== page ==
Relentless Pursuit of Wisdom and Liberty

The weblog companion of, dedicated to pondering, "If Patrick Henry could see us now..."

Wednesday, May 24, 2006

LttE - Privatize Brea-Olinda

Submitted to the Orange County Register on 6/24/2006:

Anyone interested in the re-admittance of the suspended Brea-Olinda students - including teachers, parents, students, and the angry letter-writers who deplore the school board’s decision - should step back and take a cold, dispassionate look at the situation.

The simple fact of the matter is that the district board was forced to re-admit the students because the voting public has – in its infinite wisdom – implemented a public school system that, being run by the government, has created an entitlement mentality among school-age kids and their parents. “Free school for all” (though the accuracy of the “free” part is debatable) is the mantra of this entitlement mentality, and it’s accomplished on the backs of taxes taken from people whether they have school-age kids or not.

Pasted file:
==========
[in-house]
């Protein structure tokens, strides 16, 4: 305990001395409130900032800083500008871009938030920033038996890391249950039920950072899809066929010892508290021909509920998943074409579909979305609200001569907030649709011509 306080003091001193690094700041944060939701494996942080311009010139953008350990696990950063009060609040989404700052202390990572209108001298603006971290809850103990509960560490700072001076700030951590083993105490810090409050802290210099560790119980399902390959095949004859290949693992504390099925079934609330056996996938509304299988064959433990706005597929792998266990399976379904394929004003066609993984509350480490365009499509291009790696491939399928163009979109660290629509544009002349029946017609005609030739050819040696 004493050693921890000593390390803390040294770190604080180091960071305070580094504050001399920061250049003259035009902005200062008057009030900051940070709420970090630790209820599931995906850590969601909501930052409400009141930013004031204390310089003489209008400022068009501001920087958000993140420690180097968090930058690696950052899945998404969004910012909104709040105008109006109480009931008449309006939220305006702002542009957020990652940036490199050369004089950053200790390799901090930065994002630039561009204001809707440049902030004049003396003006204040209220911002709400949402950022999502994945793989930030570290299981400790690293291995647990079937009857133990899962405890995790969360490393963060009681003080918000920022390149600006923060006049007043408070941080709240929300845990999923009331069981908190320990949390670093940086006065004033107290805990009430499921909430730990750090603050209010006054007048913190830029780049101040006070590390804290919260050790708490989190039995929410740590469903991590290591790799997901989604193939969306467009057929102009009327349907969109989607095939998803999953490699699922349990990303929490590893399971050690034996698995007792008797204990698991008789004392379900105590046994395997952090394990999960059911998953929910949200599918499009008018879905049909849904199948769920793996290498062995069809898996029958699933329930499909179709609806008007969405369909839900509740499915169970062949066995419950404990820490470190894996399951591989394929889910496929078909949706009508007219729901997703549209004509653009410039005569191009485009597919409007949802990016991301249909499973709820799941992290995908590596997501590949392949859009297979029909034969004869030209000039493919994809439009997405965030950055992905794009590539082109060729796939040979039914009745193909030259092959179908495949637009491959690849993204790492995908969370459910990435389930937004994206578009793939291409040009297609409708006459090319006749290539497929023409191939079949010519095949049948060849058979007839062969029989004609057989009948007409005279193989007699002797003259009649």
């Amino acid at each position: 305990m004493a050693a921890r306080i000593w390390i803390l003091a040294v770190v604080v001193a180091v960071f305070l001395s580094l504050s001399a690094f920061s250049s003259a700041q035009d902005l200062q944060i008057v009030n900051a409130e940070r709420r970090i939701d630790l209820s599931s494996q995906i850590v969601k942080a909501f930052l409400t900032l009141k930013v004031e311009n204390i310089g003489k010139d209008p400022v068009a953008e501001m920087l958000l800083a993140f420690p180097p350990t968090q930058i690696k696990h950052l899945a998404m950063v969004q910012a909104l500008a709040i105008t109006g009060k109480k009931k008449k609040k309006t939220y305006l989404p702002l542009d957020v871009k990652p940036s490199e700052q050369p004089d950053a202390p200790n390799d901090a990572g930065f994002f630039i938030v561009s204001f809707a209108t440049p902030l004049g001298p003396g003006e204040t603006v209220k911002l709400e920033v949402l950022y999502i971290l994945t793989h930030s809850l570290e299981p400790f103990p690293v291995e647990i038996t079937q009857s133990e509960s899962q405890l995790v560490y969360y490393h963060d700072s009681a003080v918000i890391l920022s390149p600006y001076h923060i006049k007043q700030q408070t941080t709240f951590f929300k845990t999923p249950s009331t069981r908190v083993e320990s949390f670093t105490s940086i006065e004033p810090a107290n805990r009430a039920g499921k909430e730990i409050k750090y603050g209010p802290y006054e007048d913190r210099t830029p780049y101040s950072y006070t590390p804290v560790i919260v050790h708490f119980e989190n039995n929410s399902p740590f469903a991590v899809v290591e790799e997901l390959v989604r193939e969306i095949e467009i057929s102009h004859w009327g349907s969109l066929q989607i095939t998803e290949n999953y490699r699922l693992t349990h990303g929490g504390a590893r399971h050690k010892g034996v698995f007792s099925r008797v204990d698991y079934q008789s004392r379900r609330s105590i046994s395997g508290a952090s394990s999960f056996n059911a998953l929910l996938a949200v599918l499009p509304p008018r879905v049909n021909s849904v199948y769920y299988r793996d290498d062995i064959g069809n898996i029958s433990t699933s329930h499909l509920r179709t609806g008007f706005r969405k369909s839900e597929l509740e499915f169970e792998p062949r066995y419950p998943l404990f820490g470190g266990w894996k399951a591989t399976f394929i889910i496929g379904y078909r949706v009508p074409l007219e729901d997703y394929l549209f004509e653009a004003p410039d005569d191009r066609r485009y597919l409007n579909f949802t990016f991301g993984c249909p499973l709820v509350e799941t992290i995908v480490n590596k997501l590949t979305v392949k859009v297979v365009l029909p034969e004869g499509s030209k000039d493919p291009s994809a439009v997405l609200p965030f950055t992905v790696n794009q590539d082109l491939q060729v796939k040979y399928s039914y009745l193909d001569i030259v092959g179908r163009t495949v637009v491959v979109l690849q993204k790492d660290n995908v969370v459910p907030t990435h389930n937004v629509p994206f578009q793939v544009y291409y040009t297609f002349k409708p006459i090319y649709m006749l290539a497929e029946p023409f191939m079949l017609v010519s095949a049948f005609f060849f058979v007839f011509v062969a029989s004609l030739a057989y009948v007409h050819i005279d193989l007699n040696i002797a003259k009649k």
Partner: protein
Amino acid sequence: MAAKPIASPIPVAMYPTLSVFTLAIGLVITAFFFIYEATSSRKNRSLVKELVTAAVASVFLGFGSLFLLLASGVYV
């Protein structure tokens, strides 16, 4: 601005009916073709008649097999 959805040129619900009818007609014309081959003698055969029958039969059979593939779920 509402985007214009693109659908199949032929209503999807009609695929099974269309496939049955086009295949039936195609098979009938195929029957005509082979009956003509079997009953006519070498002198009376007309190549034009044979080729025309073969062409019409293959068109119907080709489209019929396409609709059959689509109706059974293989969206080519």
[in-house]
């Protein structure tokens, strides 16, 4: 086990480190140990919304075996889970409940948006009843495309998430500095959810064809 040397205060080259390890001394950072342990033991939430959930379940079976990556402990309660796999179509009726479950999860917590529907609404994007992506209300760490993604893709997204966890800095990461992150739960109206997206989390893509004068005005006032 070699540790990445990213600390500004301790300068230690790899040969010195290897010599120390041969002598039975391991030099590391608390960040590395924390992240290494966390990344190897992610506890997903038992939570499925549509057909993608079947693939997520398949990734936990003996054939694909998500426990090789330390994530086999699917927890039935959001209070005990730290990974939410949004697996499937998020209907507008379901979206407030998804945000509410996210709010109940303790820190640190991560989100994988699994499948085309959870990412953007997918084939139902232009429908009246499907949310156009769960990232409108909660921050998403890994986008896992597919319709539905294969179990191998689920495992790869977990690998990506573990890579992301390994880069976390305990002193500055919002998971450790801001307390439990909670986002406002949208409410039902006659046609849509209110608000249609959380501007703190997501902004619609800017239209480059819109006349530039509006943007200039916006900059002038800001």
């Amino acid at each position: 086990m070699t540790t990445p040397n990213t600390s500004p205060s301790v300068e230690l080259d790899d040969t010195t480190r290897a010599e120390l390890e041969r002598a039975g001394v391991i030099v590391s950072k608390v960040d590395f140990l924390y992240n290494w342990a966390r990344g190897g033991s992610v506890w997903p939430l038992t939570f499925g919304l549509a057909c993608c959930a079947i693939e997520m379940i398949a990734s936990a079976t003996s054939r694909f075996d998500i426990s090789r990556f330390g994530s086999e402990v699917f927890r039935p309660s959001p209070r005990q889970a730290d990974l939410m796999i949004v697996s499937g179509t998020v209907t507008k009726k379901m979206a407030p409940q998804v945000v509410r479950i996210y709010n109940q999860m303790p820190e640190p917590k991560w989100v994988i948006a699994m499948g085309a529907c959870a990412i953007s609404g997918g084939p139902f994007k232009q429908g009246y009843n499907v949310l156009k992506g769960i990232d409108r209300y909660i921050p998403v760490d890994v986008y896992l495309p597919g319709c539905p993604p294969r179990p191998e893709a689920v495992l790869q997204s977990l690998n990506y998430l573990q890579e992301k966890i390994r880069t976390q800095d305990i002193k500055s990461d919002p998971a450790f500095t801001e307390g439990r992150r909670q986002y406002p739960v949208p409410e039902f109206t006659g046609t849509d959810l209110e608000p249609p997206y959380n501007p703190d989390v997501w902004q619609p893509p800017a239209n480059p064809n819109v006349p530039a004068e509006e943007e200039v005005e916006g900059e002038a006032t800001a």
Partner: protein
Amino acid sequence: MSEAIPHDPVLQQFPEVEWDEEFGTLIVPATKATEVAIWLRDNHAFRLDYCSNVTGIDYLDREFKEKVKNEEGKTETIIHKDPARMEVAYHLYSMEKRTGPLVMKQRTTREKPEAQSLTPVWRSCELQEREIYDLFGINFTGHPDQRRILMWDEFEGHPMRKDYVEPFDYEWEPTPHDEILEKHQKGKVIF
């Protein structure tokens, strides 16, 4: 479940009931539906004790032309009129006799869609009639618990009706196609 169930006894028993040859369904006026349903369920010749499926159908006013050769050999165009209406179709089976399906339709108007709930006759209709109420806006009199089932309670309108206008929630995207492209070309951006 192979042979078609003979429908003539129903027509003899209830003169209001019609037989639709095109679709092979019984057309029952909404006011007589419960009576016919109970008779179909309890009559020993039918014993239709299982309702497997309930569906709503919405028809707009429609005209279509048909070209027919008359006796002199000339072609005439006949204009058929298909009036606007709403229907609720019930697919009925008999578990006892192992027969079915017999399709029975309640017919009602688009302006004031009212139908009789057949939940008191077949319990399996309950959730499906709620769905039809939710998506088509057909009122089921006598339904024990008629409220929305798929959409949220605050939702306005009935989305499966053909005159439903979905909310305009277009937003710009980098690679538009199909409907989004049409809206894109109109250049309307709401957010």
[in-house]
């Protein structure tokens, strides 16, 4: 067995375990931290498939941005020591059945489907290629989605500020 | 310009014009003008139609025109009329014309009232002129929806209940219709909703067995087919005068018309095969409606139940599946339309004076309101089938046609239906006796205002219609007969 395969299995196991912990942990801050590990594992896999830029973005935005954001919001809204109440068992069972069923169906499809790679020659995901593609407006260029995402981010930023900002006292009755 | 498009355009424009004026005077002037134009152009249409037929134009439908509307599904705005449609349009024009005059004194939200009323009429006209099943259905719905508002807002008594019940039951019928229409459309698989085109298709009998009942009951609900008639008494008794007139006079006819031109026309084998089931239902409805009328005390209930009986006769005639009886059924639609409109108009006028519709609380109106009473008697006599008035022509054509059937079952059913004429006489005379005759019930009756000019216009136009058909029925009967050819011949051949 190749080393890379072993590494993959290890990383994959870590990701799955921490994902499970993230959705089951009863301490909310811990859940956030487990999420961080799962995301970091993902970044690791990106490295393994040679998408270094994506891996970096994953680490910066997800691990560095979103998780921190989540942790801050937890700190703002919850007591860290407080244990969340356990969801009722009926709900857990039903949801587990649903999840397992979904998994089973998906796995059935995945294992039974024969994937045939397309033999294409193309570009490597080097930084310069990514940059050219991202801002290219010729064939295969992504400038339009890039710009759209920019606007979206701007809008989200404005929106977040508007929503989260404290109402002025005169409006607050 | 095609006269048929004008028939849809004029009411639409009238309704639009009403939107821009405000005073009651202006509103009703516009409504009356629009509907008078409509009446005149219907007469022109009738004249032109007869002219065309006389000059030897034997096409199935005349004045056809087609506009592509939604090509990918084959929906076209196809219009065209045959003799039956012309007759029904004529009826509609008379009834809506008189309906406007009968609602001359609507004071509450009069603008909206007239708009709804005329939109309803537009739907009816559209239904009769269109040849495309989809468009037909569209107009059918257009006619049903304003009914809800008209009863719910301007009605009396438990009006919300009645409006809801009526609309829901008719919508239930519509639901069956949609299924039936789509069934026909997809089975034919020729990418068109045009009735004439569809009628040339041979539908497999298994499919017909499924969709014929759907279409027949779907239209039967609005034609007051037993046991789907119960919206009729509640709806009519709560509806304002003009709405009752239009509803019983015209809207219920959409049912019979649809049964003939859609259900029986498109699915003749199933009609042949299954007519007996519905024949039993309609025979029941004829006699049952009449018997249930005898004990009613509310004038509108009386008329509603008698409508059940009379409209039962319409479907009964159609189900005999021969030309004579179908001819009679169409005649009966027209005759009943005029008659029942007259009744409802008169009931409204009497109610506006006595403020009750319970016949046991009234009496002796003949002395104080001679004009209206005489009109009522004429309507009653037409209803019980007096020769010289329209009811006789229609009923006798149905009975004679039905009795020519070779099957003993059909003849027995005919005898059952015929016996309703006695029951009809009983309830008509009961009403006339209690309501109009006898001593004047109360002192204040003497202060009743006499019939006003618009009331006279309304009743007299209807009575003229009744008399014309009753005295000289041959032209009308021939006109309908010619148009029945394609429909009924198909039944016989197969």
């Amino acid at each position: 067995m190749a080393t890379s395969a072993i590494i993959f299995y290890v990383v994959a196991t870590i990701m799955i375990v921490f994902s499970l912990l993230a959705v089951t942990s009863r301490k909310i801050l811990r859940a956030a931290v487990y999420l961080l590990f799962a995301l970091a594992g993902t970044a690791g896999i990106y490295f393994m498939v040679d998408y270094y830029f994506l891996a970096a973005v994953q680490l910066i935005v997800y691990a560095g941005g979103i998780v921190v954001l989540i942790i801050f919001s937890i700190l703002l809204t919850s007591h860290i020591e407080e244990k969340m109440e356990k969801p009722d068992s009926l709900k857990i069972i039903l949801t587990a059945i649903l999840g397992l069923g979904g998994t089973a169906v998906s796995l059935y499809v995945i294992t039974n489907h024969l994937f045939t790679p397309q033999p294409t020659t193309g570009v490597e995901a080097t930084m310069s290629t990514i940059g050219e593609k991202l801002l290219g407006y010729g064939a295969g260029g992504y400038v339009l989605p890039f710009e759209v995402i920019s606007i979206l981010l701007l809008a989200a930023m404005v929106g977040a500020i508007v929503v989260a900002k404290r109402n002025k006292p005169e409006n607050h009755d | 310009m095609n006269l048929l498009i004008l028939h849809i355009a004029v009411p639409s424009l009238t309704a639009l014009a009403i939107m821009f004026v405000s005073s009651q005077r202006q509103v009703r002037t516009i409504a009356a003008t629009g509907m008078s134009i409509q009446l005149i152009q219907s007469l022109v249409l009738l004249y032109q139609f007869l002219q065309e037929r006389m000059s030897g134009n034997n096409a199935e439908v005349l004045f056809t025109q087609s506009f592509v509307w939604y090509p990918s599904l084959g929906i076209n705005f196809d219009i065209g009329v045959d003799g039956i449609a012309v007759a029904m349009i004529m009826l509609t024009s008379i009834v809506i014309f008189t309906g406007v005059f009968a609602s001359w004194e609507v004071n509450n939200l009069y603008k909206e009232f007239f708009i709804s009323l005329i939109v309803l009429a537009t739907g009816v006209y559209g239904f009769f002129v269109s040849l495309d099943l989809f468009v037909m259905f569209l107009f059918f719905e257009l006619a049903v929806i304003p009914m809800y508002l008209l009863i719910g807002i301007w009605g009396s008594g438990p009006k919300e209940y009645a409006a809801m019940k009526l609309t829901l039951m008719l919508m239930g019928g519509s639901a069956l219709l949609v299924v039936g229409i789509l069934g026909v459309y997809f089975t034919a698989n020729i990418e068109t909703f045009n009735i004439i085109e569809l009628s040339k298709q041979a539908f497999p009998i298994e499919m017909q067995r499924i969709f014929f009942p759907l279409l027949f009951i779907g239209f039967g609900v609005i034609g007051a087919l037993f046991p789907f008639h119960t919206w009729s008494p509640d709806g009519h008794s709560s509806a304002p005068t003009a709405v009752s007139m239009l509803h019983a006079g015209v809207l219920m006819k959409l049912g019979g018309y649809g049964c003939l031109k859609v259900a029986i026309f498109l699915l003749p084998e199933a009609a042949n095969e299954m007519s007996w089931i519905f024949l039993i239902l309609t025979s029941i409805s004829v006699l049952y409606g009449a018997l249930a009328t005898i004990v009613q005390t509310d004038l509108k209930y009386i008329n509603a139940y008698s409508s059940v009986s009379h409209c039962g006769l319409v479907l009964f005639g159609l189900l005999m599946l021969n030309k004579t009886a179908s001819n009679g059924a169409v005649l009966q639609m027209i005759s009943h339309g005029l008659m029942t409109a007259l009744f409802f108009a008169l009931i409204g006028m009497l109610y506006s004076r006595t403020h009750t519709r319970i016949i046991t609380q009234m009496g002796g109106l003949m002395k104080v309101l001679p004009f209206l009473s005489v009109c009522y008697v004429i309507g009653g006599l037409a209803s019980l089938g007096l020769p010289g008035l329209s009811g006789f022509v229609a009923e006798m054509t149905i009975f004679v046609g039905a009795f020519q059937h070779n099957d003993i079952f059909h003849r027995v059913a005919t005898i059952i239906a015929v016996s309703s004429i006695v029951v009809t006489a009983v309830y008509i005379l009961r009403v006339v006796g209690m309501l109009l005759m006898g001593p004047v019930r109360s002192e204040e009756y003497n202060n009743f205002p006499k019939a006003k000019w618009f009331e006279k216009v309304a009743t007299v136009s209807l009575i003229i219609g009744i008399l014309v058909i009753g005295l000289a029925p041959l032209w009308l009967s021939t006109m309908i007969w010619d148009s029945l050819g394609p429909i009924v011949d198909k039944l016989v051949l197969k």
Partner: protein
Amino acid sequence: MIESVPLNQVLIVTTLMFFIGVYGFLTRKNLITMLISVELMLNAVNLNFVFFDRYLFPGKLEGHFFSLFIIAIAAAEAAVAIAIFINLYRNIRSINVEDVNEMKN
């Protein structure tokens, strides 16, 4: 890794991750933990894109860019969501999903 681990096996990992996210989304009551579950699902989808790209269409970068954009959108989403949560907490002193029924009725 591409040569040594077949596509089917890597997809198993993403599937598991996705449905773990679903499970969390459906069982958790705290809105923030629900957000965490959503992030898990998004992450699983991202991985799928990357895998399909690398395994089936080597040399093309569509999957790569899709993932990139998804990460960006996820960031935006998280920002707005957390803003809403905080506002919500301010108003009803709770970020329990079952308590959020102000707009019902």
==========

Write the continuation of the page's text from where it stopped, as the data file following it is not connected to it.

Now picture how a privatized school system, free of the chains that come with state and federal funding, might approach the situation. As a privately-owned and –run business, it would “reserve the right to refuse service to anyone” and could decide to admit or expel students on whatever grounds they wish – from students’ drawings to the length of their hair. Worry not about wanton discrimination – for every reason one school can think of to expel a student, there will be another school that doesn’t care about that reason and would cheerfully accept the revenue that student’s enrollment would bring in.

Consider then the other parties of interest. Parents would be free to choose which school to enroll their children in, based on a host of factors like disciplinary policy or whether it teaches evolution or intelligent design. Teachers would be more free to choose at which schools to work and administrators would be more free to employ the teachers they wanted.

Sounds an awful lot like the real world, doesn’t it? The real world has worked pretty well for the past hundred years or so, and at the end of the day, isn’t it the real world that we’re trying to prepare our students for anyway?